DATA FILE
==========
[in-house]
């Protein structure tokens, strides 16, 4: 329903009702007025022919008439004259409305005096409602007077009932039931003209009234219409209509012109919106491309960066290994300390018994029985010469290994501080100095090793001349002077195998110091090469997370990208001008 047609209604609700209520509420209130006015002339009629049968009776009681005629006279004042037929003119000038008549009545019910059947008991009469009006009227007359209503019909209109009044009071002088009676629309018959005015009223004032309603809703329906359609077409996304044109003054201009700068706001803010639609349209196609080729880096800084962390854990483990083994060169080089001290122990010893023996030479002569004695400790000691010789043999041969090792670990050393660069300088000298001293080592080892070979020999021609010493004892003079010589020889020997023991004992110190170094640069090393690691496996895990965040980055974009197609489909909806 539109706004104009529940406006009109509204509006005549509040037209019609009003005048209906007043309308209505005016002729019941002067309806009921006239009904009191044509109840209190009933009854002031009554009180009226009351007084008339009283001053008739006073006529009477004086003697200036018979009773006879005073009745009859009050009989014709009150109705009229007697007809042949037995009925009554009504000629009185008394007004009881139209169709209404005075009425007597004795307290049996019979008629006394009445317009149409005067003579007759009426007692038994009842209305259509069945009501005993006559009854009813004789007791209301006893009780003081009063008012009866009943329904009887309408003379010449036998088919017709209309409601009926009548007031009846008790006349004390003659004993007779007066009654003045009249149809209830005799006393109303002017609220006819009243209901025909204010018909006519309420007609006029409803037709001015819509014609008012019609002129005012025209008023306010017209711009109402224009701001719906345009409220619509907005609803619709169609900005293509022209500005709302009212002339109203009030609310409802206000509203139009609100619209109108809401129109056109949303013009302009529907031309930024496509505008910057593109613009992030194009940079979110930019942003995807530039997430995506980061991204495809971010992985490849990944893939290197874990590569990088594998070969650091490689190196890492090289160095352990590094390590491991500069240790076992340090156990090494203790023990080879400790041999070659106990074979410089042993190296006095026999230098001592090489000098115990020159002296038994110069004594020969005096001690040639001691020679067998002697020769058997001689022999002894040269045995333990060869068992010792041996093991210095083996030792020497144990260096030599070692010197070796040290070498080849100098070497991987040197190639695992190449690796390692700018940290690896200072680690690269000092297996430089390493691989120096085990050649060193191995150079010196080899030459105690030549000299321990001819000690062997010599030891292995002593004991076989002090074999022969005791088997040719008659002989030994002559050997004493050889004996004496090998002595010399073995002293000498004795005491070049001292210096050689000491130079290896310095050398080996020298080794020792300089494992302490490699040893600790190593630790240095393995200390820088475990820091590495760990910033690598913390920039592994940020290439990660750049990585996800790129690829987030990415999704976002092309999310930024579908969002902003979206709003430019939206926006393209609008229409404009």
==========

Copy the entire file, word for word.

[in-house]
């Protein structure tokens, strides 16, 4: 329903009702007025022919008439004259409305005096409602007077009932039931003209009234219409209509012109919106491309960066290994300390018994029985010469290994501080100095090793001349002077195998110091090469997370990208001008 047609209604609700209520509420209130006015002339009629049968009776009681005629006279004042037929003119000038008549009545019910059947008991009469009006009227007359209503019909209109009044009071002088009676629309018959005015009223004032309603809703329906359609077409996304044109003054201009700068706001803010639609349209196609080729880096800084962390854990483990083994060169080089001290122990010893023996030479002569004695400790000691010789043999041969090792670990050393660069300088000298001293080592080892070979020999021609010493004892003079010589020889020997023991004992110190170094640069090393690691496996895990965040980055974009197609489909909806 539109706004104009529940406006009109509204509006005549509040037209019609009003005048209906007043309308209505005016002729019941002067309806009921006239009904009191044509109840209190009933009854002031009554009180009226009351007084008339009283001053008739006073006529009477004086003697200036018979009773006879005073009745009859009050009989014709009150109705009229007697007809042949037995009925009554009504000629009185008394007004009881139209169709209404005075009425007597004795307290049996019979008629006394009445317009149409005067003579007759009426007692038994009842209305259509069945009501005993006559009854009813004789007791209301006893009780003081009063008012009866009943329904009887309408003379010449036998088919017709209309409601009926009548007031009846008790006349004390003659004993007779007066009654003045009249149809209830005799006393109303002017609220006819009243209901025909204010018909006519309420007609006029409803037709001015819509014609008012019609002129005012025209008023306010017209711009109402224009701001719906345009409220619509907005609803619709169609900005293509022209500005709302009212002339109203009030609310409802206000509203139009609100619209109108809401129109056109949303013009302009529907031309930024496509505008910057593109613009992030194009940079979110930019942003995807530039997430995506980061991204495809971010992985490849990944893939290197874990590569990088594998070969650091490689190196890492090289160095352990590094390590491991500069240790076992340090156990090494203790023990080879400790041999070659106990074979410089042993190296006095026999230098001592090489000098115990020159002296038994110069004594020969005096001690040639001691020679067998002697020769058997001689022999002894040269045995333990060869068992010792041996093991210095083996030792020497144990260096030599070692010197070796040290070498080849100098070497991987040197190639695992190449690796390692700018940290690896200072680690690269000092297996430089390493691989120096085990050649060193191995150079010196080899030459105690030549000299321990001819000690062997010599030891292995002593004991076989002090074999022969005791088997040719008659002989030994002559050997004493050889004996004496090998002595010399073995002293000498004795005491070049001292210096050689000491130079290896310095050398080996020298080794020792300089494992302490490699040893600790190593630790240095393995200390820088475990820091590495760990910033690598913390920039592994940020290439990660750049990585996800790129690829987030990415999704976002092309999310930024579908969002902003979206709003430019939206926006393209609008229409404009």